Since the area in the JR East jurisdiction was previously managed by a single DB, updating the geographic version in ATC messages for all areas at once required updates to the DBs of all Shinkansen rolling stock (including trains that did not provide multi-operator service to locations updated in the DB). The divided DB management approach we developed was used to divide the previous single jurisdiction into four zones (Northern Tohoku, Southern Tohoku, Joetsu, and Hokuriku), which enabled the switching of DBs at zone boundaries. Since the company ID information in ATC messages is set to “Home company” (JR East) in all areas in the JR East jurisdiction, enabling switching of DBs at zone boundaries required the geographic version information in ATC messages to be set individually by zone in the ground equipment instead of being set for all areas at once.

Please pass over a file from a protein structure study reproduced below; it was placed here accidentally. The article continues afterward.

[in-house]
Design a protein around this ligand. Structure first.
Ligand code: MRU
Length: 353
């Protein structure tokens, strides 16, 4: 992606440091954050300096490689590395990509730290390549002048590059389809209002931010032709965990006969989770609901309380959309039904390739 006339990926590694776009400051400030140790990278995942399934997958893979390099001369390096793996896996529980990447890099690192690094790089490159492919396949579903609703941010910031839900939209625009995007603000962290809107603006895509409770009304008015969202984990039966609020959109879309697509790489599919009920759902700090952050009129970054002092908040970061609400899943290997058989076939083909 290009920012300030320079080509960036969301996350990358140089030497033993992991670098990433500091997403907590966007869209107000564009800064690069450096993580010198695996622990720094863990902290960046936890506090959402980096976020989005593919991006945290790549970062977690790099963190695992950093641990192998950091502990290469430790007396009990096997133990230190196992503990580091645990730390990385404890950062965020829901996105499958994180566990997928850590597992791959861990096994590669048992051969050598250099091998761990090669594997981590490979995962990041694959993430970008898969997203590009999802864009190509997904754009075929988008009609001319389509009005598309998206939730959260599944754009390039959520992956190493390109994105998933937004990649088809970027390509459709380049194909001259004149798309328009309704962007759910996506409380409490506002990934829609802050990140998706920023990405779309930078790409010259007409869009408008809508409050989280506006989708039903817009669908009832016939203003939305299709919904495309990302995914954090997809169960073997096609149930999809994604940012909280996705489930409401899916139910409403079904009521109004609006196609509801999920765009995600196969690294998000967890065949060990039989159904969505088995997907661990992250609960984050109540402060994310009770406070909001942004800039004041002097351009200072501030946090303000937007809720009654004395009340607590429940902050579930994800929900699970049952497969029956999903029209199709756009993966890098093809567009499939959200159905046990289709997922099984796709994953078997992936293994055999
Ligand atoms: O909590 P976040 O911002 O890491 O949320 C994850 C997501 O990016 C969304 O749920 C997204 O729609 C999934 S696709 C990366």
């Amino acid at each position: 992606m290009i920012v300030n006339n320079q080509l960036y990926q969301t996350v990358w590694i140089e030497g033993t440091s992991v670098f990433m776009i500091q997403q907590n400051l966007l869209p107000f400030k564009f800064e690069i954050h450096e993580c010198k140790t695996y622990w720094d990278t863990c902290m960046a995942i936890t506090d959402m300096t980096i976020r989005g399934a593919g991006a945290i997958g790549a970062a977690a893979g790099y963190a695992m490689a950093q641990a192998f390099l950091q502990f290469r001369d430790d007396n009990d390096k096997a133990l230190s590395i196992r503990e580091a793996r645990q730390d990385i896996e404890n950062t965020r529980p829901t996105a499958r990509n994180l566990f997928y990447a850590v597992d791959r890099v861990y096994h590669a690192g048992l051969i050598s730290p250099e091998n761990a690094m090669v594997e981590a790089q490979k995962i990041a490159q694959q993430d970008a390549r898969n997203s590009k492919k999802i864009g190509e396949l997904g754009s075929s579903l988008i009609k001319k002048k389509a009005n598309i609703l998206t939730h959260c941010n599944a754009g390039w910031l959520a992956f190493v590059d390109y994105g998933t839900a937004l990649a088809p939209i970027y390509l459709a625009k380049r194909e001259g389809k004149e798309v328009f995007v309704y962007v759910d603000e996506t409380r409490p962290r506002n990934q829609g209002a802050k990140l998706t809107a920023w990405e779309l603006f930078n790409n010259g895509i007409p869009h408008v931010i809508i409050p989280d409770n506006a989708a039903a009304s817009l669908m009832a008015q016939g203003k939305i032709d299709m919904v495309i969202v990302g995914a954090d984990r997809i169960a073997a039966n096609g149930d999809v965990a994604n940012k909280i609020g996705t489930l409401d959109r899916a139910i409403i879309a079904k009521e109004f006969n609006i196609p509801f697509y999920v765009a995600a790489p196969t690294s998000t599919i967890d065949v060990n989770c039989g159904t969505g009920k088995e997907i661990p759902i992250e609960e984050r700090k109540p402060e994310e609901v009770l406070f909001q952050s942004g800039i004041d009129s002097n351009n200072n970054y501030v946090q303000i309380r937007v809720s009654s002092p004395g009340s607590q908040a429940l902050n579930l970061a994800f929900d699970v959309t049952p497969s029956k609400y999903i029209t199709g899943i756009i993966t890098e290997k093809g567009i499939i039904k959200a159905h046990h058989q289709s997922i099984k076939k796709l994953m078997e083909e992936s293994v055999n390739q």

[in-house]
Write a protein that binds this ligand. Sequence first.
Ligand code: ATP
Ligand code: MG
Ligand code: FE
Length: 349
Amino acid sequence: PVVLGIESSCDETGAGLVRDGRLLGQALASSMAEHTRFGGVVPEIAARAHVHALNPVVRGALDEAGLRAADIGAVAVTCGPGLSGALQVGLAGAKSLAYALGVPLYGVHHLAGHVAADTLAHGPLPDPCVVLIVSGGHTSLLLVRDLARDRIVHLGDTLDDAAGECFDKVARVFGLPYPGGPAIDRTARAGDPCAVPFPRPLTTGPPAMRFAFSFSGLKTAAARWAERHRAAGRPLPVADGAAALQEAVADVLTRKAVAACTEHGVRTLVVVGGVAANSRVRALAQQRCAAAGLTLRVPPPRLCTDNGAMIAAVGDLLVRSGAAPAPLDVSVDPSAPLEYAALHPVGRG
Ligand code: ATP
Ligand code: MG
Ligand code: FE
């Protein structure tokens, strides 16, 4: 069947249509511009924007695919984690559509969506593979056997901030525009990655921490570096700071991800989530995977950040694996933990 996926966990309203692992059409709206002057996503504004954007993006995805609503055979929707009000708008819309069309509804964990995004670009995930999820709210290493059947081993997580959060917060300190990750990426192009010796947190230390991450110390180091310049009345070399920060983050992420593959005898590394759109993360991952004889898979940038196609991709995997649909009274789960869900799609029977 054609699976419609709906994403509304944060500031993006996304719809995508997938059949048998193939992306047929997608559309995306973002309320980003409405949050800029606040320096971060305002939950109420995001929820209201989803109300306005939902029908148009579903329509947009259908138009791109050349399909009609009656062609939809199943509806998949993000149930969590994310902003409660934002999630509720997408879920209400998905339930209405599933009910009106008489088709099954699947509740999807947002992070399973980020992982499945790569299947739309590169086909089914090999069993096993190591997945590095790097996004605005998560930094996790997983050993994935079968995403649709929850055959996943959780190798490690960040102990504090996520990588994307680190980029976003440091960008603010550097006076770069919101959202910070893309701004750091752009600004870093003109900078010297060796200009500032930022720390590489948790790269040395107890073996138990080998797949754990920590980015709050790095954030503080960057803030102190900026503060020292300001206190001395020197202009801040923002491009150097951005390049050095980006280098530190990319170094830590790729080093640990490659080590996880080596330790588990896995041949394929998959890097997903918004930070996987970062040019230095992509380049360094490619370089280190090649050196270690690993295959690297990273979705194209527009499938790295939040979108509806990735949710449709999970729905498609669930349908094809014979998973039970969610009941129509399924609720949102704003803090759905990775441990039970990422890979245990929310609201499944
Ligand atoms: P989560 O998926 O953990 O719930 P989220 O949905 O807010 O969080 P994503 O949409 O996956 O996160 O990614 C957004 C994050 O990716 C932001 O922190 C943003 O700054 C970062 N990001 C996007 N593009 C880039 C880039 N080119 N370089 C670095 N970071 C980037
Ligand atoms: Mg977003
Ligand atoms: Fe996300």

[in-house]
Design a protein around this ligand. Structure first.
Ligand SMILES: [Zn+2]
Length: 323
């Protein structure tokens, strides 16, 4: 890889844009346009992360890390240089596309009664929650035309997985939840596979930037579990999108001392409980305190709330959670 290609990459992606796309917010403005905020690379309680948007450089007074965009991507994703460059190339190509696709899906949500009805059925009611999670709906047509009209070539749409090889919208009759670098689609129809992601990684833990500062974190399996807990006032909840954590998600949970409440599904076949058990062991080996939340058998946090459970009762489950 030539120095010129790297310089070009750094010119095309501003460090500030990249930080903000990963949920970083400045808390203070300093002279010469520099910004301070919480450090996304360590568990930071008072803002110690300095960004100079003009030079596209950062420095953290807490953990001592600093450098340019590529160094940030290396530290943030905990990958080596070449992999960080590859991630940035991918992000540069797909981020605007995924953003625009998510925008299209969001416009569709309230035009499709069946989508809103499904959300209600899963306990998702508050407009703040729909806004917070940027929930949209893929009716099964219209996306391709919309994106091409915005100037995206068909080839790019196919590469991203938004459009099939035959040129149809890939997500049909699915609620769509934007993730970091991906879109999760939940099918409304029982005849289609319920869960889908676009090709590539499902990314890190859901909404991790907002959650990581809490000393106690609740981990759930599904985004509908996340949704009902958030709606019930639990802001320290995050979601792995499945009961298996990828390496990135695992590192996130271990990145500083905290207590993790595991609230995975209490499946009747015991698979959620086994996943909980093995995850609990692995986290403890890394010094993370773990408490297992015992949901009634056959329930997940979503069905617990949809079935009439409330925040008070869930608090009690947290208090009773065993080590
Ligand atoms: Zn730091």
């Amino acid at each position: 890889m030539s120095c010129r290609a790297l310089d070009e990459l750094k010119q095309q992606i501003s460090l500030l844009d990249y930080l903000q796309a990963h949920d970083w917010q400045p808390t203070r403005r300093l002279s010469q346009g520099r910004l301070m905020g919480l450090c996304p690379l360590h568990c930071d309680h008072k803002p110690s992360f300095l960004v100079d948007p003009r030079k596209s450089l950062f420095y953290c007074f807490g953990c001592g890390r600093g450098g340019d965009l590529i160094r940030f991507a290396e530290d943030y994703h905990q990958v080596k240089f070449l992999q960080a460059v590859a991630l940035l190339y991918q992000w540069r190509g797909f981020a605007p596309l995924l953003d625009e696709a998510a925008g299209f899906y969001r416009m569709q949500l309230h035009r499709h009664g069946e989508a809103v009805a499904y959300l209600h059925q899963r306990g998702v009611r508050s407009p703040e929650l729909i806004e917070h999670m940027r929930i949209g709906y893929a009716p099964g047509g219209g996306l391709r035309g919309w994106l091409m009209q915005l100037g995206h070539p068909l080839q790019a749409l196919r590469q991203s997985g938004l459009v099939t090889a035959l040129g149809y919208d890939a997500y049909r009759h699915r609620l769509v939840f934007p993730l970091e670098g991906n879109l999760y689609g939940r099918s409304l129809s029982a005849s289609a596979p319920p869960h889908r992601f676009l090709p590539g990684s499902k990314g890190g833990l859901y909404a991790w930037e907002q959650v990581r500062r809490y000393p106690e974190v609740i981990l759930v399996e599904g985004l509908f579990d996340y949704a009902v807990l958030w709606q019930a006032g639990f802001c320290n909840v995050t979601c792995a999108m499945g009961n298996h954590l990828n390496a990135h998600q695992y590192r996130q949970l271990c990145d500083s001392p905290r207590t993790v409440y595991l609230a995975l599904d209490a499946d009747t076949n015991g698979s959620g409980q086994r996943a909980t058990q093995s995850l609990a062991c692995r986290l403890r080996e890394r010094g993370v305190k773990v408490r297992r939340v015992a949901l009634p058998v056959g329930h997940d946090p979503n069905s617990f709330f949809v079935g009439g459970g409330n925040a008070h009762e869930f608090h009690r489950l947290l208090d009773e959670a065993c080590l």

This change has eliminated the need to update the DBs of trains that do not provide multiple-operator service to locations updated in the DB when updating DBs in the JR East jurisdiction, which greatly reduces the DB update workload.
We mounted the developed product in a test train, and subjected it to testing on regular service routes. Since the test pre-dated service into outside company zones, it was done at the boundaries of the four zones into which the JR East region has been divided. A total of 48 DB switches were performed over 6 days at zone boundaries between Morioka station and Kitakami station on the Tohoku Shinkansen line. We obtained good results, confirming that the DB switching operations could be done as specified. Because the process of switching DBs at zone boundaries is equivalent to switching DBs at company boundaries, the results indicate that it will be possible to perform these operations normally at company boundaries also.
Fig. 7—Hokuriku Shinkansen Travel Data (Onboard Equipment Log Data Readout).The image shows a DB switch taking place as the train travels across a company boundary between the JR East and JR West zones.